How to Make Your Marketing Messages Culturally Relevant

Aug 8, 2018 by

Today it is extremely important for all brands to be culturally relevant, not only those that are trying to expand into global markets. The diversity of customers has increased in every country around the world, and you will have to make sure that you are able to appeal to people from all walks of lives. As an example, a fashion ad that only featured white, slim, blonde women will make you miss out on the market that doesn’t fit in the criteria. Before you can start designing effective marketing messages for the niches you are targeting, however, it is also crucial that you focus on their beliefs, values, and personal aspirations, as well as their unique characteristics and problems. Below you will find a few tips on how to keep your marketing messages relevant in a multicultural world.

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Study the Culture

It is important that you expand your cultural horizons, so you can create messages that are appealing for various groups and don’t offend or exclude others. Before you start this process, you will have to study the demographics of the market, interview people, and make sure that you are able to engage with them on a personal level. There are plenty of resources that will help you with learning about Pakistan or other diverse cultures.  If you would like to appeal to certain customer groups, you might want to create studies or read white papers that give you an insight into their personal preferences and buying decisions.

Make Your Company Inclusive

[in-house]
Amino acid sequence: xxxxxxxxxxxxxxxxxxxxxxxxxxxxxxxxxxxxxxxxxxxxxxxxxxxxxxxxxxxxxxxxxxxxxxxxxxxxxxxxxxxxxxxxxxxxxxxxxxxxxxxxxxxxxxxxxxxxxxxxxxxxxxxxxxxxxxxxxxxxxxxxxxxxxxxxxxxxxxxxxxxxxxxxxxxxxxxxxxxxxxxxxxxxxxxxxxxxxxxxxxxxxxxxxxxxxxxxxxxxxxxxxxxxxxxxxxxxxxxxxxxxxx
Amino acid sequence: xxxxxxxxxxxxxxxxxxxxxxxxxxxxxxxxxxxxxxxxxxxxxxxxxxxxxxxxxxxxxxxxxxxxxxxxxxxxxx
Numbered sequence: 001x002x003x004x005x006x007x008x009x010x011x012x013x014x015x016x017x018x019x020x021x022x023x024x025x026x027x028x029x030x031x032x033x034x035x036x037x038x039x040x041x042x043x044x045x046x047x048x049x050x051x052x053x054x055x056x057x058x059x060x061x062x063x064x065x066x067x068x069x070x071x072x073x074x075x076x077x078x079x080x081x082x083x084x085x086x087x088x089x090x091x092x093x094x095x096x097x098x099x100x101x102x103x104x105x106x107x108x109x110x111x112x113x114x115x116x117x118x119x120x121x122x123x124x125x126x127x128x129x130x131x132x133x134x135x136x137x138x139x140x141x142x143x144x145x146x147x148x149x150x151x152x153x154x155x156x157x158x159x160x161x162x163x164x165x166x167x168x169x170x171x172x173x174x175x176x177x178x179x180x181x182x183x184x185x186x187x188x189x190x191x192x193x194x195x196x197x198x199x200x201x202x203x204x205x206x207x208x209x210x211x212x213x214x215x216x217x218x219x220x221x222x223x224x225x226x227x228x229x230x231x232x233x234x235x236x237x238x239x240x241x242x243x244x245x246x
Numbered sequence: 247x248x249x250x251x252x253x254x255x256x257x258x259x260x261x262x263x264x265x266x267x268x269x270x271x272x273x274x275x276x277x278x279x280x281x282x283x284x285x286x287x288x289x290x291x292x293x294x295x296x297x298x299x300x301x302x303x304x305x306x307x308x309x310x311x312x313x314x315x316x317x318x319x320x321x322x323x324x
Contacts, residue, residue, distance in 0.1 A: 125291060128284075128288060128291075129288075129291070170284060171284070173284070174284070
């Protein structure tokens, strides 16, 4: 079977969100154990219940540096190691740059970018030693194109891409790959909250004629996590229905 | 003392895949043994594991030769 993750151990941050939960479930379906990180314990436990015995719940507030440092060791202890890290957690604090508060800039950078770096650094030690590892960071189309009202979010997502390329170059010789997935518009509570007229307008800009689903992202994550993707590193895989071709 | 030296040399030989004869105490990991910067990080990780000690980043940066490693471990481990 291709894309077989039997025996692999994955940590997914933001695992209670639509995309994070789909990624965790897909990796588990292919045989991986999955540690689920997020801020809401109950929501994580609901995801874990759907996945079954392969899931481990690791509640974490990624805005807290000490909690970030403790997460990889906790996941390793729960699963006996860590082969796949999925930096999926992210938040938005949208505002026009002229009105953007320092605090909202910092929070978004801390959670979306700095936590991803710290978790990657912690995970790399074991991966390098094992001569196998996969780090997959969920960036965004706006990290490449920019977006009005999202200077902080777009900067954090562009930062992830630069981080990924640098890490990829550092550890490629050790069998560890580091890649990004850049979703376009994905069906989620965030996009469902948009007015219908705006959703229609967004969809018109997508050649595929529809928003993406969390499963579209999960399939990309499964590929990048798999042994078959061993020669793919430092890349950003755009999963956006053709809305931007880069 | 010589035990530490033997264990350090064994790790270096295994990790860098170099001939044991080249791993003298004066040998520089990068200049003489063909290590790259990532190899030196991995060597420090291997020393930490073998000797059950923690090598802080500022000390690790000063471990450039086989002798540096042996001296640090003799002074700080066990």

Being culturally relevant starts with your company. You need to embrace different cultures, and make sure that all your employees are treated equally. If you have a bad reputation for not being able to communicate with your culturally diverse employees, or you are accused of discrimination, your minority customers and buyers will turn their backs on you. On the other hand, culturally diverse employees will be able to help you tailor the messages to the needs of different customers, and communicate with them better.

Create a Democratic Leadership Strategy

It is important that you embrace various ideas, independent of where they came from. Involve all your employees in the decision making process, so they can help you reach out to various groups. You need to remember that they all have various life experiences, and they can have insider information about markets that will benefit your company. Set up a suggestion box in the office where your employees can post their ideas, and hold brainstorming sessions to engage better with culturally diverse customers.

Embrace Diversity

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Instead of trying to establish set rules, values, and behaviors, you will have to accept and embrace diversity in the workplace. This means that you have to be willing to learn about new cultures and encourage your employees to do the same. While some behavior standards need to be set in stone, you will have to make sure that people are treating their colleagues and customers with respect. Create a diversity policy that will help your staff understand the benefits of engaging with people from different walks of life.